Porsche introduced the 911 Targa in 1965 as a slick-looking preemptive cheat around the U.S. Department of Transportation's plans to outlaw convertibles altogether. Its removable fabric roof panel still allowed for open-air motoring (though it was famously leaky), and the brushed-stainless-steel Targa Bar was meant to keep the driver safe(-ish) in case of a rollover. A hard top was added in 1975 but had to be taken off by hand (not a good look in the parking lot) and crammed into the backseat. "The Targa was never the ideal Porsche," admits Grant Larson, manager of the brand's special projects, who's worked on the Boxster and the 918 Spyder. "For a long time, it was something that we never wanted to relive." But thanks to advances in engineering, the German automaker finally got it right, without the half-measures required before.
The 2015 911 Targa debuted in January at the Detroit Auto Show, wowing jaded car enthusiasts with its sexy retro vibe and an origami-like top that, at the push of a button, flips back and dramatically somersaults before disappearing behind the backseat, all in 20 seconds. "The biggest inspiration was the challenge of getting it all to work," Larson says. "What we didn't reckon was the emotional aspect of the transformation." Orders are being taken now with the promise of a June delivery. While you wait, read on to find out how summer's hottest car was reborn.
1. Larson describes the back glass as more "three-dimensional than the earlier models" (meaning there's more headroom). "You can look at any car from the sixties and see where they had to make compromises because of certain manufacturing technologies," he says. "But we had free rein in terms of what was possible. When we showed it in Detroit, people wanted to see the top open and close again and again and again."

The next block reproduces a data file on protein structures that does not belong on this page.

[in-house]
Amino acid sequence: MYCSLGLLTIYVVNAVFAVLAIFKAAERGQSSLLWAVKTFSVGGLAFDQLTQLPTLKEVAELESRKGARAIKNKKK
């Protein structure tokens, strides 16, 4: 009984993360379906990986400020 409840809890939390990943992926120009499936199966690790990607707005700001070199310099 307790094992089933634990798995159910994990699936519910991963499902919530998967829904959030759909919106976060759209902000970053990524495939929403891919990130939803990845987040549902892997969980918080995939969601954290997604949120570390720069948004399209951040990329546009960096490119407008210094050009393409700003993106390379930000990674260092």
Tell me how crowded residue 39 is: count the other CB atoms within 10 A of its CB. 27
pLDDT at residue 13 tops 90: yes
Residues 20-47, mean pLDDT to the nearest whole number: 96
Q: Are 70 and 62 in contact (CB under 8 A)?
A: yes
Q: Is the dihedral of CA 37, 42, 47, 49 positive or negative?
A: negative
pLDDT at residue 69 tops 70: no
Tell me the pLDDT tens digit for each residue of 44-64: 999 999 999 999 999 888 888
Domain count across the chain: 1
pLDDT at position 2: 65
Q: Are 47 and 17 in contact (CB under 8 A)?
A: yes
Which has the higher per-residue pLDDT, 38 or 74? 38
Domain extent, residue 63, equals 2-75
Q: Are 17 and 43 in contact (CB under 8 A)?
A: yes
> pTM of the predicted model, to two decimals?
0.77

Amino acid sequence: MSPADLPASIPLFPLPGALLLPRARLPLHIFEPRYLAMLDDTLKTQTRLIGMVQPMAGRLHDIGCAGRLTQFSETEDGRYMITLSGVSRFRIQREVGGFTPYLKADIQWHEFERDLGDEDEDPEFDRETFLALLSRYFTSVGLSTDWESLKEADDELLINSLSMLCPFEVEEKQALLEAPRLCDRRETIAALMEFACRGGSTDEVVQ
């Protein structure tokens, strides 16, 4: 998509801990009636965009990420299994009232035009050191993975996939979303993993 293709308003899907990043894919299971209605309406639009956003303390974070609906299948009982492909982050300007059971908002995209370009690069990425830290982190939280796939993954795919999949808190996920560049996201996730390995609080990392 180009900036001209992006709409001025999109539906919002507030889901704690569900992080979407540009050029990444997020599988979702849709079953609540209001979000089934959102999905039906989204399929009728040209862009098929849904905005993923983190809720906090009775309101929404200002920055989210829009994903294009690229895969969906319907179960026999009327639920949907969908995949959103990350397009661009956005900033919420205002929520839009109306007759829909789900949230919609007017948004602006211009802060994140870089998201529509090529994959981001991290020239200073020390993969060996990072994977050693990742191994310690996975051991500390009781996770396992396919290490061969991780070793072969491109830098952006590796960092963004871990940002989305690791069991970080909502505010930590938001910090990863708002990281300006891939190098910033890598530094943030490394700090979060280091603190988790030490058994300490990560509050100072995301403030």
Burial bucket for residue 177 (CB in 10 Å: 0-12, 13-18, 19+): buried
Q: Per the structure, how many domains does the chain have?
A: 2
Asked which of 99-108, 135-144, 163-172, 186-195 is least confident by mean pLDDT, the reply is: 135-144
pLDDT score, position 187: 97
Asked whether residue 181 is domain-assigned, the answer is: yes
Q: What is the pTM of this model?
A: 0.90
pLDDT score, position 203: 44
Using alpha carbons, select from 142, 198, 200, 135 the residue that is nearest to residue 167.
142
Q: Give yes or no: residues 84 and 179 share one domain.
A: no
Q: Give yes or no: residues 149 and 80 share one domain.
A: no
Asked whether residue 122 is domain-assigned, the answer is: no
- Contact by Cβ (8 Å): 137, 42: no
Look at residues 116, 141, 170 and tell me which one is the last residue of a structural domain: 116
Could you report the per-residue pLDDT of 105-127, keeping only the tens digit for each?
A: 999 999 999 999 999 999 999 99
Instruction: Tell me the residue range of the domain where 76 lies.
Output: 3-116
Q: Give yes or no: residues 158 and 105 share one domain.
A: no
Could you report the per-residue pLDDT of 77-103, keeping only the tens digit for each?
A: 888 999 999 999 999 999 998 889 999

2. "In the early stages, we had the idea to make it a two-seater," Larson says. "But we decided it had to remain a four-seater, because that's what the 911 philosophy is all about, this two-plus-two seating. It was this premise we had to work around."
3. When the roof is in motion, two forged-steel panels on top of the Targa bar lift up so that the soft top's mechanical arms can pass through to the back of the car. "It's a very sophisticated movement, and none of it can be seen whether the roof is open or closed," says August Achleitner, the head of the company's 911 line. "It's my favorite part of the car."
4. The louvers in the stainless-steel bar of the original Targa provided ventilation, but today they remain intact because they've become an iconic design element. "We took them off, but then we were told to put them back," Larson says. "They play a visual function that's about pure emotion.""
5. As a self-professed Porsche purist, Larson preferred retaining the original top, meaning the driver would still have to get out and remove it himself. "But then the marketing people got involved and said that no one wants a manual roof anymore," he says. "Our customers expect to be able to open the roof by sitting in the car and pressing a button. In the end, it was a better solution."
What does Larson keep in his garage? "I'm a total Porsche freak. I live and breathe this stuff. I've got a 67 911S, a 65 356 SC coupe, and my real baby, my take-it-to-my-grave car, is a 56 Speedster. It's not a replica, so don't even ask that question. There's a 68 912 in there too, but my wife calls it hers.
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